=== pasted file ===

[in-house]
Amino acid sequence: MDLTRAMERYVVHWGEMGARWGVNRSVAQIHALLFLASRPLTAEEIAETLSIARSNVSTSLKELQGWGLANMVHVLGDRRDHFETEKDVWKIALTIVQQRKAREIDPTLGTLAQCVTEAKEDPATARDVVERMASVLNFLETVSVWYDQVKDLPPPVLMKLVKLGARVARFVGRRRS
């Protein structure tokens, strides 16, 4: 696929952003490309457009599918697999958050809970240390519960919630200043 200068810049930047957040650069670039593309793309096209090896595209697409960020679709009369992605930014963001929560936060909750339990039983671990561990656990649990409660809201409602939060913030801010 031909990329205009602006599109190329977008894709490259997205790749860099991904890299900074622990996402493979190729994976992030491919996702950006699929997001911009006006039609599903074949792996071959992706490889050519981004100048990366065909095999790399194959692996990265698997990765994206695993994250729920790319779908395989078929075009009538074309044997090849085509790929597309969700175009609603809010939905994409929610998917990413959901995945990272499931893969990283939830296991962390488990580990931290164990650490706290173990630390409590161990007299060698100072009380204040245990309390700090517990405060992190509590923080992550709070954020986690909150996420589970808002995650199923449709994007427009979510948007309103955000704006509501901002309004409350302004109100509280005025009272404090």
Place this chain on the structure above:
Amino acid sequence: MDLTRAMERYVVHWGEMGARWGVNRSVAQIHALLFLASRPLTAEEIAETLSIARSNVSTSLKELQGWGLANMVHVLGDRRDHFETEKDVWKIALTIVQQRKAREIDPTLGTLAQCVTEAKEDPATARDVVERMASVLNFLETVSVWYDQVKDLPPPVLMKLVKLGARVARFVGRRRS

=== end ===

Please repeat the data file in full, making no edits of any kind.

[in-house]
Amino acid sequence: MDLTRAMERYVVHWGEMGARWGVNRSVAQIHALLFLASRPLTAEEIAETLSIARSNVSTSLKELQGWGLANMVHVLGDRRDHFETEKDVWKIALTIVQQRKAREIDPTLGTLAQCVTEAKEDPATARDVVERMASVLNFLETVSVWYDQVKDLPPPVLMKLVKLGARVARFVGRRRS
């Protein structure tokens, strides 16, 4: 696929952003490309457009599918697999958050809970240390519960919630200043 200068810049930047957040650069670039593309793309096209090896595209697409960020679709009369992605930014963001929560936060909750339990039983671990561990656990649990409660809201409602939060913030801010 031909990329205009602006599109190329977008894709490259997205790749860099991904890299900074622990996402493979190729994976992030491919996702950006699929997001911009006006039609599903074949792996071959992706490889050519981004100048990366065909095999790399194959692996990265698997990765994206695993994250729920790319779908395989078929075009009538074309044997090849085509790929597309969700175009609603809010939905994409929610998917990413959901995945990272499931893969990283939830296991962390488990580990931290164990650490706290173990630390409590161990007299060698100072009380204040245990309390700090517990405060992190509590923080992550709070954020986690909150996420589970808002995650199923449709994007427009979510948007309103955000704006509501901002309004409350302004109100509280005025009272404090």
Place this chain on the structure above:
Amino acid sequence: MDLTRAMERYVVHWGEMGARWGVNRSVAQIHALLFLASRPLTAEEIAETLSIARSNVSTSLKELQGWGLANMVHVLGDRRDHFETEKDVWKIALTIVQQRKAREIDPTLGTLAQCVTEAKEDPATARDVVERMASVLNFLETVSVWYDQVKDLPPPVLMKLVKLGARVARFVGRRRS